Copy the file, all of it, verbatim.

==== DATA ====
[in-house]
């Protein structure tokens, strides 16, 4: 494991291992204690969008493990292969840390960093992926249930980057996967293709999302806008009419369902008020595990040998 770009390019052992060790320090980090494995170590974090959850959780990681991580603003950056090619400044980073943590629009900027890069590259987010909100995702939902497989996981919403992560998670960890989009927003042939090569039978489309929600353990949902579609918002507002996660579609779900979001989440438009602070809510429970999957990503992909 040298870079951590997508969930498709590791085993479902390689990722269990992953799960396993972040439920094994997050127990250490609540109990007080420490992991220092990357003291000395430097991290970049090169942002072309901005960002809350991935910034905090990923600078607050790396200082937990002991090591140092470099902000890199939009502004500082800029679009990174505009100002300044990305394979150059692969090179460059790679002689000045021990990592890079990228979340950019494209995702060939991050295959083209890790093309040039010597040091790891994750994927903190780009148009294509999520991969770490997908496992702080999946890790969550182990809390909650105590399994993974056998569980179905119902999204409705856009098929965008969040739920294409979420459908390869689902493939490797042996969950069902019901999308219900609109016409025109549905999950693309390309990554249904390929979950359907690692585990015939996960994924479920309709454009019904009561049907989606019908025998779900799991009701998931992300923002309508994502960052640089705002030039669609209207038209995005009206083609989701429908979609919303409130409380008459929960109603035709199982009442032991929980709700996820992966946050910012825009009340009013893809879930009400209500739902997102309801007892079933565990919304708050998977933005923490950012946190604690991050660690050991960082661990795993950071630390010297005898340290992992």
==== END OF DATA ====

[in-house]
């Protein structure tokens, strides 16, 4: 494991291992204690969008493990292969840390960093992926249930980057996967293709999302806008009419369902008020595990040998 770009390019052992060790320090980090494995170590974090959850959780990681991580603003950056090619400044980073943590629009900027890069590259987010909100995702939902497989996981919403992560998670960890989009927003042939090569039978489309929600353990949902579609918002507002996660579609779900979001989440438009602070809510429970999957990503992909 040298870079951590997508969930498709590791085993479902390689990722269990992953799960396993972040439920094994997050127990250490609540109990007080420490992991220092990357003291000395430097991290970049090169942002072309901005960002809350991935910034905090990923600078607050790396200082937990002991090591140092470099902000890199939009502004500082800029679009990174505009100002300044990305394979150059692969090179460059790679002689000045021990990592890079990228979340950019494209995702060939991050295959083209890790093309040039010597040091790891994750994927903190780009148009294509999520991969770490997908496992702080999946890790969550182990809390909650105590399994993974056998569980179905119902999204409705856009098929965008969040739920294409979420459908390869689902493939490797042996969950069902019901999308219900609109016409025109549905999950693309390309990554249904390929979950359907690692585990015939996960994924479920309709454009019904009561049907989606019908025998779900799991009701998931992300923002309508994502960052640089705002030039669609209207038209995005009206083609989701429908979609919303409130409380008459929960109603035709199982009442032991929980709700996820992966946050910012825009009340009013893809879930009400209500739902997102309801007892079933565990919304708050998977933005923490950012946190604690991050660690050991960082661990795993950071630390010297005898340290992992």